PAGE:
And I have now experienced the flip side of that - because there is opposition in all things - (ironically, this week in Eikaiwa, our English Class, we talked about "opposites" and had our students come up with opposites for every word. The overarching theme was that there is opposition in all things). I have now felt much more acutely what it is like to watch someone not turn down me, or my church, but our Savior, Jesus Christ, who died for all mankind. That pain is like putting your hand on a hot stove, and burning it severely. And then watching as a friend, despite all of your warnings, insists on touching the stove themselves to see if it is really hot. This is the pain of the atonement, the pain of knowing and watching as others turn away in ignorance.

After the trials come the miracles.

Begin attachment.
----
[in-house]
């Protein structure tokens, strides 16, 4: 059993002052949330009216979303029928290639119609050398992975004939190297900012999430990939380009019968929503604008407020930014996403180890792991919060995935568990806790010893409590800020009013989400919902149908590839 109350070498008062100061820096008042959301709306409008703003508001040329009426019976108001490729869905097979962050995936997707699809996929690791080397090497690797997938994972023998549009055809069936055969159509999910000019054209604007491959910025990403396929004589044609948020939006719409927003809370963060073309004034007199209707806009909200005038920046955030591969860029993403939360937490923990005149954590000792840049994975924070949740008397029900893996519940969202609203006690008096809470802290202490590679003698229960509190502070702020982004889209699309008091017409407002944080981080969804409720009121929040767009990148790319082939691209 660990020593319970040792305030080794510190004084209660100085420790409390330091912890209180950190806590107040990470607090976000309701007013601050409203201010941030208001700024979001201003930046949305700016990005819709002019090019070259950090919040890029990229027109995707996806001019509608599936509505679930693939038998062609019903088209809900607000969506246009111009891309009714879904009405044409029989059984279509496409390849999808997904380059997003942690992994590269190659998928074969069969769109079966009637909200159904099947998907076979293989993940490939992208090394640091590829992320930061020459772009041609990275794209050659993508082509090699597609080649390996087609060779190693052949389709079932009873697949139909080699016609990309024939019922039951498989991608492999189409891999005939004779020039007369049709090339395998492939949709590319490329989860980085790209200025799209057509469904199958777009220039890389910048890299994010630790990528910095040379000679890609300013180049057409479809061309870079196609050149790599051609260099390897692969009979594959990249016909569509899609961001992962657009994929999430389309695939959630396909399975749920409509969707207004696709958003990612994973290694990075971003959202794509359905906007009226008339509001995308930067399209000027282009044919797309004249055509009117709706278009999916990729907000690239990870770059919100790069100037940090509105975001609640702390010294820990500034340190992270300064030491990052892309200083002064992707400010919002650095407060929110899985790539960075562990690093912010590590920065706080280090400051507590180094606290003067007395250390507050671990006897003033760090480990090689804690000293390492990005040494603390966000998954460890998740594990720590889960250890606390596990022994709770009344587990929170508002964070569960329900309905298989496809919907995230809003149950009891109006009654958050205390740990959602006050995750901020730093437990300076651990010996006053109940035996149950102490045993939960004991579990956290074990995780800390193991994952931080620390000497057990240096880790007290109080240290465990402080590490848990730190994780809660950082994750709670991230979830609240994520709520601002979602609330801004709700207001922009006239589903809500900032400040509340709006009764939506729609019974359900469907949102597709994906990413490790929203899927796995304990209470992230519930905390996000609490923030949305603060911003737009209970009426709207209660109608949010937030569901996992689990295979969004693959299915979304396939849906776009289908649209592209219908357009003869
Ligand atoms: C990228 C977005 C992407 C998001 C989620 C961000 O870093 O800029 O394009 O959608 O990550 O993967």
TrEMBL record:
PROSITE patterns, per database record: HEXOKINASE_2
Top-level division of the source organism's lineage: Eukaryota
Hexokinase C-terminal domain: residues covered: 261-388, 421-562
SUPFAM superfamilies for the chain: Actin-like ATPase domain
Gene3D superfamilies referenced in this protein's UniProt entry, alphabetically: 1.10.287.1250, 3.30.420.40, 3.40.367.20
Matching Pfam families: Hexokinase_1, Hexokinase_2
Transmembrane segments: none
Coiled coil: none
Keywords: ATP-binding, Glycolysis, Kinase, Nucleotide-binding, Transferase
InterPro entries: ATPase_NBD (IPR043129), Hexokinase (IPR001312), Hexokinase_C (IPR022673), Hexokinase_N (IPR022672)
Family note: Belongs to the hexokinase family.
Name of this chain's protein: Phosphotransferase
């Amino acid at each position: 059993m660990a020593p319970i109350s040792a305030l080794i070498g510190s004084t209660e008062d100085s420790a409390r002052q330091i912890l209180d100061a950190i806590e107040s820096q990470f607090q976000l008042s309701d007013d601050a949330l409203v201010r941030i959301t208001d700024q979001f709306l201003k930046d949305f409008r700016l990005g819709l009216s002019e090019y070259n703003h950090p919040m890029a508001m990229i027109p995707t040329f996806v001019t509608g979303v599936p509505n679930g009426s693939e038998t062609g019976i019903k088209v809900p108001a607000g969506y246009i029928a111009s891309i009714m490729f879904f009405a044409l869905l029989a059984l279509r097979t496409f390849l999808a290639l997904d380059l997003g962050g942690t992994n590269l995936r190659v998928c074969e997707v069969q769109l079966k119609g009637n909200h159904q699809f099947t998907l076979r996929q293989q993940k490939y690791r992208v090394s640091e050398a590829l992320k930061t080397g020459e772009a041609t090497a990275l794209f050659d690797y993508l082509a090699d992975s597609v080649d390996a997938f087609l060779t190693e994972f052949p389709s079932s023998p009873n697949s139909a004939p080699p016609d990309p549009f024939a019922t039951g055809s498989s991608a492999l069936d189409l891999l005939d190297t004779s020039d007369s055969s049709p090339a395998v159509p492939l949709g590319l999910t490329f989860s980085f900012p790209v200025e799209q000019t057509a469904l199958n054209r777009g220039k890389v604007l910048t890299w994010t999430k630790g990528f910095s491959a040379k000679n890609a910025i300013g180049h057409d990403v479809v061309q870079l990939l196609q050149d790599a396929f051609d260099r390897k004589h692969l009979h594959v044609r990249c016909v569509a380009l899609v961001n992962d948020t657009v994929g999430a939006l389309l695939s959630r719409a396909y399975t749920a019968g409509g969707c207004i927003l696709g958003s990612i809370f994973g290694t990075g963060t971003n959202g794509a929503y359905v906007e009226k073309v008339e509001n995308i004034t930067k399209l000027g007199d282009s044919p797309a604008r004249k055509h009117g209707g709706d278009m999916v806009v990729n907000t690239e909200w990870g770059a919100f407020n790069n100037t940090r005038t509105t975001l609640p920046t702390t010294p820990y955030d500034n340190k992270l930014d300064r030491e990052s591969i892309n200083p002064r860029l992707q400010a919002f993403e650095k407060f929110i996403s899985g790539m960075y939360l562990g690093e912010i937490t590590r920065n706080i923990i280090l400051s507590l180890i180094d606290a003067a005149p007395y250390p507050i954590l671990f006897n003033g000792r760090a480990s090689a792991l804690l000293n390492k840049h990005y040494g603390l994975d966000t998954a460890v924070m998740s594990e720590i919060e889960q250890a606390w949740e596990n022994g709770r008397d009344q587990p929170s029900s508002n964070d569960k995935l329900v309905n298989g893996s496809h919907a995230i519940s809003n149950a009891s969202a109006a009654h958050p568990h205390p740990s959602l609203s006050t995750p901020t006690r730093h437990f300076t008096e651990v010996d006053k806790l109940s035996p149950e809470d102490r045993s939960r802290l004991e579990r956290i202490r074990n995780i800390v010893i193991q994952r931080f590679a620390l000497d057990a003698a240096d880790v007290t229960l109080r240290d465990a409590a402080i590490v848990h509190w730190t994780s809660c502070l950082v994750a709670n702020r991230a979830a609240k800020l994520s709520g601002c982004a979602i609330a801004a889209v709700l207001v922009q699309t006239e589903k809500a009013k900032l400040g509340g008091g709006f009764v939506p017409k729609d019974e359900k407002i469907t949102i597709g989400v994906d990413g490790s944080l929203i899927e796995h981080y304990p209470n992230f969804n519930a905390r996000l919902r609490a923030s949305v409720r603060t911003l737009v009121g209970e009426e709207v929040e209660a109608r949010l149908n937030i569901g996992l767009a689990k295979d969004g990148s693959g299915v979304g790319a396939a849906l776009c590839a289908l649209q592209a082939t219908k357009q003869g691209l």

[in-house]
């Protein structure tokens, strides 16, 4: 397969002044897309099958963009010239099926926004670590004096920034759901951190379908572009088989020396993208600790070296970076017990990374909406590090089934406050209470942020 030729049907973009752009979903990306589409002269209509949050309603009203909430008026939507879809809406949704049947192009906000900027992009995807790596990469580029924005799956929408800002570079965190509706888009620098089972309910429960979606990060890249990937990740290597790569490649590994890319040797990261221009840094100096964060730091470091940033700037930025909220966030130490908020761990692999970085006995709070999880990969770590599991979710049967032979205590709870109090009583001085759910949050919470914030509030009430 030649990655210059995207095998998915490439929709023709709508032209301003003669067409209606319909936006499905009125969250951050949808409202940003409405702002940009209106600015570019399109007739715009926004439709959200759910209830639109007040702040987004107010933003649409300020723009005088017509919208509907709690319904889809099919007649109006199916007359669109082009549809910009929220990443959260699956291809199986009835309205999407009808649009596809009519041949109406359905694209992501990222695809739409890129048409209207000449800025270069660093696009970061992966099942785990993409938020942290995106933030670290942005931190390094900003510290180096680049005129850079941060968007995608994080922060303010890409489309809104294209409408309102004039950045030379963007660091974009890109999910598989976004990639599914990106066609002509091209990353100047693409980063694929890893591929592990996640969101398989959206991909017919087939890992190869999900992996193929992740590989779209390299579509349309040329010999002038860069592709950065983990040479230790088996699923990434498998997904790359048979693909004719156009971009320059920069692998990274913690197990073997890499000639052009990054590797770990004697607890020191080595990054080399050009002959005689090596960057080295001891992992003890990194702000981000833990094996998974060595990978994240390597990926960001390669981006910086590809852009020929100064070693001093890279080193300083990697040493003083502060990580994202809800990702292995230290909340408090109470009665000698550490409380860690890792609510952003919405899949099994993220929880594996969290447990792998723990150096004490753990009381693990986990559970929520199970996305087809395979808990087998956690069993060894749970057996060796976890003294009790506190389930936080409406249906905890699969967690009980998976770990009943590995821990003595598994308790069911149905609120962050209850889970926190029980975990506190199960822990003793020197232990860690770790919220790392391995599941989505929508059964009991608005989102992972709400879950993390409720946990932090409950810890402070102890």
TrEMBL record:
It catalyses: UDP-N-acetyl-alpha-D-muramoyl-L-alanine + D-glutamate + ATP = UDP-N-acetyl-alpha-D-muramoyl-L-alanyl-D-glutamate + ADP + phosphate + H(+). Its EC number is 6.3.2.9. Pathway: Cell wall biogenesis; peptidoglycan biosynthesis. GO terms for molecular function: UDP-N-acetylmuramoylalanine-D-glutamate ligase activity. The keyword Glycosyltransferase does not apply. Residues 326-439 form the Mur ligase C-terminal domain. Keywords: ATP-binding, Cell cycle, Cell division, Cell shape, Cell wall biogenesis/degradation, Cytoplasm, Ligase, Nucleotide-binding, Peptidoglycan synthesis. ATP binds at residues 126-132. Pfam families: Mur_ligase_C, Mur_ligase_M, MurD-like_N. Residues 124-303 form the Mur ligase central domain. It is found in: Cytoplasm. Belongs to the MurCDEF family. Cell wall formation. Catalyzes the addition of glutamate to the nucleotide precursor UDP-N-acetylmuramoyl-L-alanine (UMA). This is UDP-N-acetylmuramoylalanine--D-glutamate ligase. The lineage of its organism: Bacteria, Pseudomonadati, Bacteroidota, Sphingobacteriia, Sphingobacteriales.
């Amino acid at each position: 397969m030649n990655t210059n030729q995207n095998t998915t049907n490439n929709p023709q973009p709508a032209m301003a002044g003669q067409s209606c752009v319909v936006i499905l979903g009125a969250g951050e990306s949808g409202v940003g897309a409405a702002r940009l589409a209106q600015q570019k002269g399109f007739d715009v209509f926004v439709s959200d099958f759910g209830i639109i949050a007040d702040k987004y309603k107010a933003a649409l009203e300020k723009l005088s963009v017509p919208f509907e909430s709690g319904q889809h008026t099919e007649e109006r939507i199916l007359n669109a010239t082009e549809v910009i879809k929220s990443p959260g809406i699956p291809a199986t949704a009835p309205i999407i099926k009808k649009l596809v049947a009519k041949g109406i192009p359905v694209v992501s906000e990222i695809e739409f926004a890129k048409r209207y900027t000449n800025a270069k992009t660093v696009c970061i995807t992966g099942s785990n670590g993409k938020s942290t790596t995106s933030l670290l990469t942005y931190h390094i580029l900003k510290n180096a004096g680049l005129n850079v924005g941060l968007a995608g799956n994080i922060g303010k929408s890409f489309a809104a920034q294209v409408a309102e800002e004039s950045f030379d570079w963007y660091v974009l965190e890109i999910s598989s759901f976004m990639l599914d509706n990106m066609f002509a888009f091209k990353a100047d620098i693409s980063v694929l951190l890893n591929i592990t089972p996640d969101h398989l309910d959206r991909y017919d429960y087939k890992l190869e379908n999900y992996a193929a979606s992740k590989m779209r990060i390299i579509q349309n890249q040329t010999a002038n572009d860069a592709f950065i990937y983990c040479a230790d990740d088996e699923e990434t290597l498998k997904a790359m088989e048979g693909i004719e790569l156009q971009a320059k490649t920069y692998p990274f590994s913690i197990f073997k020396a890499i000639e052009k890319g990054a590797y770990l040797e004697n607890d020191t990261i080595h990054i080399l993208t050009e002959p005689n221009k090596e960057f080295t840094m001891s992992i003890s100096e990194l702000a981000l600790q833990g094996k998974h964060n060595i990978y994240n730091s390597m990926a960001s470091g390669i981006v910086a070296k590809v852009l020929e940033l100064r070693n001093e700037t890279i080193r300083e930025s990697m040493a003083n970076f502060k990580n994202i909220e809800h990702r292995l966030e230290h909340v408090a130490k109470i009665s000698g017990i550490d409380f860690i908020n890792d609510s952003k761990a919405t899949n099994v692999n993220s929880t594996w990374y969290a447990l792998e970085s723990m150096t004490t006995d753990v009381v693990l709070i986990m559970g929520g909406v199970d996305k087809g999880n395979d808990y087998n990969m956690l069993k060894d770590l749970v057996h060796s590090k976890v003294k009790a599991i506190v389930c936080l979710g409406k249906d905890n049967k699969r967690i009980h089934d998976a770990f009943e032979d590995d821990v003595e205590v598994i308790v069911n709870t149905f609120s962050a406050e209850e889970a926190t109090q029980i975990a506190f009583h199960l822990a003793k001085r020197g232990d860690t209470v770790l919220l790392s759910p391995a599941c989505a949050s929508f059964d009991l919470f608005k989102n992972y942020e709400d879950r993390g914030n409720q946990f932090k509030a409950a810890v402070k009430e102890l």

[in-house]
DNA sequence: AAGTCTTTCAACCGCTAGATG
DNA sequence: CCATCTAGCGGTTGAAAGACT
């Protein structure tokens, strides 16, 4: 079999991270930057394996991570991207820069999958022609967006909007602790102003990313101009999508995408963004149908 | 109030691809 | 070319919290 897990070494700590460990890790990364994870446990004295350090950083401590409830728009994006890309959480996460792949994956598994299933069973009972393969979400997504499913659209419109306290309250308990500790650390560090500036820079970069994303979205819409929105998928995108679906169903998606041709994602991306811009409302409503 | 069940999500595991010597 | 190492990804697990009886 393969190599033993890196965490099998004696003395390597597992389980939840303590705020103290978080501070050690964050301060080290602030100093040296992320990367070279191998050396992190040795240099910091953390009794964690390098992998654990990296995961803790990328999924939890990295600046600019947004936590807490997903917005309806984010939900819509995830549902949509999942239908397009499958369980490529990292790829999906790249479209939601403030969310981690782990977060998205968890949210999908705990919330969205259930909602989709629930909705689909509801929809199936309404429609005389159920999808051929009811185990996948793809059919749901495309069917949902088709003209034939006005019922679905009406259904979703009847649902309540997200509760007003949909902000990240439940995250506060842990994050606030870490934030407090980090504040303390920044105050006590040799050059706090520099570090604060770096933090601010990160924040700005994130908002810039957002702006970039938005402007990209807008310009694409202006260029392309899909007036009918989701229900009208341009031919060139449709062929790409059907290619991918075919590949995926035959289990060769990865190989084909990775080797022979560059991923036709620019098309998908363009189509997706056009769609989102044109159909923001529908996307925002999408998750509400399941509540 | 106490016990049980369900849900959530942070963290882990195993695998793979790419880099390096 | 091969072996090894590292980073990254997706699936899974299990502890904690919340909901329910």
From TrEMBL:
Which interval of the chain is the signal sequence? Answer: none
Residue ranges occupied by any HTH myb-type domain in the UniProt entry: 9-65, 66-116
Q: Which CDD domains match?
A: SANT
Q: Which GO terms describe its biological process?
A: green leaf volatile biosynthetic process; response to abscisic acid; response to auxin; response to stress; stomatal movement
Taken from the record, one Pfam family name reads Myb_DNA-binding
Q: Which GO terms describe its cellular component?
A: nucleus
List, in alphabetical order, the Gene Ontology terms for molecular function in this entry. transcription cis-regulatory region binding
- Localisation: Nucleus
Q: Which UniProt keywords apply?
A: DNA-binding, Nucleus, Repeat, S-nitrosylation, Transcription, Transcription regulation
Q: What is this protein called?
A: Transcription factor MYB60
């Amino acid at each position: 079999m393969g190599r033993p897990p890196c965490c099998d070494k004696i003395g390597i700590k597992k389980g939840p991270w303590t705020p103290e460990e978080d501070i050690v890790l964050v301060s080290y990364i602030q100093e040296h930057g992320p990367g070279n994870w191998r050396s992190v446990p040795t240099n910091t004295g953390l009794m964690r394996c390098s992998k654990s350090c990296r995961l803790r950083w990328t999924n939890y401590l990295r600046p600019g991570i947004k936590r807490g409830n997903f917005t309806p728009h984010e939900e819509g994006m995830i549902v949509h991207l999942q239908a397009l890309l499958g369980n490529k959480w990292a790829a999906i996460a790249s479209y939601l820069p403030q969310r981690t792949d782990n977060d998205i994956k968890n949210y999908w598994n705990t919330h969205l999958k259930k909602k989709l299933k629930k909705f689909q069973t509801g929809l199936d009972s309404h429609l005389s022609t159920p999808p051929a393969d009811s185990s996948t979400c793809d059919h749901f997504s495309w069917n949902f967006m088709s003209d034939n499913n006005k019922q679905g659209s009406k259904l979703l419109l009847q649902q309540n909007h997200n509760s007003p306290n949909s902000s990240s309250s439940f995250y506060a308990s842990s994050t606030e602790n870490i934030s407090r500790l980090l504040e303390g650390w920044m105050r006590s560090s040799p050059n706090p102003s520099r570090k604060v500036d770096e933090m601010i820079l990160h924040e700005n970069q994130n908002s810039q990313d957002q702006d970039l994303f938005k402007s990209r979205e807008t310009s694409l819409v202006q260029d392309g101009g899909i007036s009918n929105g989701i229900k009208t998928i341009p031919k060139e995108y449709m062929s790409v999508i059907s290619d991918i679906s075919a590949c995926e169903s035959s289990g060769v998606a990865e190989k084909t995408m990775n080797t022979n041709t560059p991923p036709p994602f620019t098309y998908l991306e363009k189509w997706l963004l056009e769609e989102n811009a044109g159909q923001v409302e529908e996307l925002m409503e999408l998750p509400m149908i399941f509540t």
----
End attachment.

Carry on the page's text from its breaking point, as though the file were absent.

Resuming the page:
I trust that "all of these things shall work together for thy good" (D&C 122).

I will end by quoting Elder Holland from a devotional that he gave at BYU: "I call out, Remember Lots wife. Faith is for the future. Faith builds on the past but never longs to stay there. Faith trusts that God has great things in store for each of us and that Christ truly is the high priest of good things to come.

The mission is the happiest and the saddest that I have ever been, all at once. Every day is a little bit of an emotional roller coaster. We face rejection, we rejoice when the gospel is accepted, we cry when someone accepts Christ, we cry when someone rejects Christ. We cry from joy when we find investigators, and from sadness when we lose them. But the happy moments make every single sad moment worth it.

Grundvig Shimai

We have so much time and so little to do. Strike that, reverse it. (Roald Dahl) Jan. 13th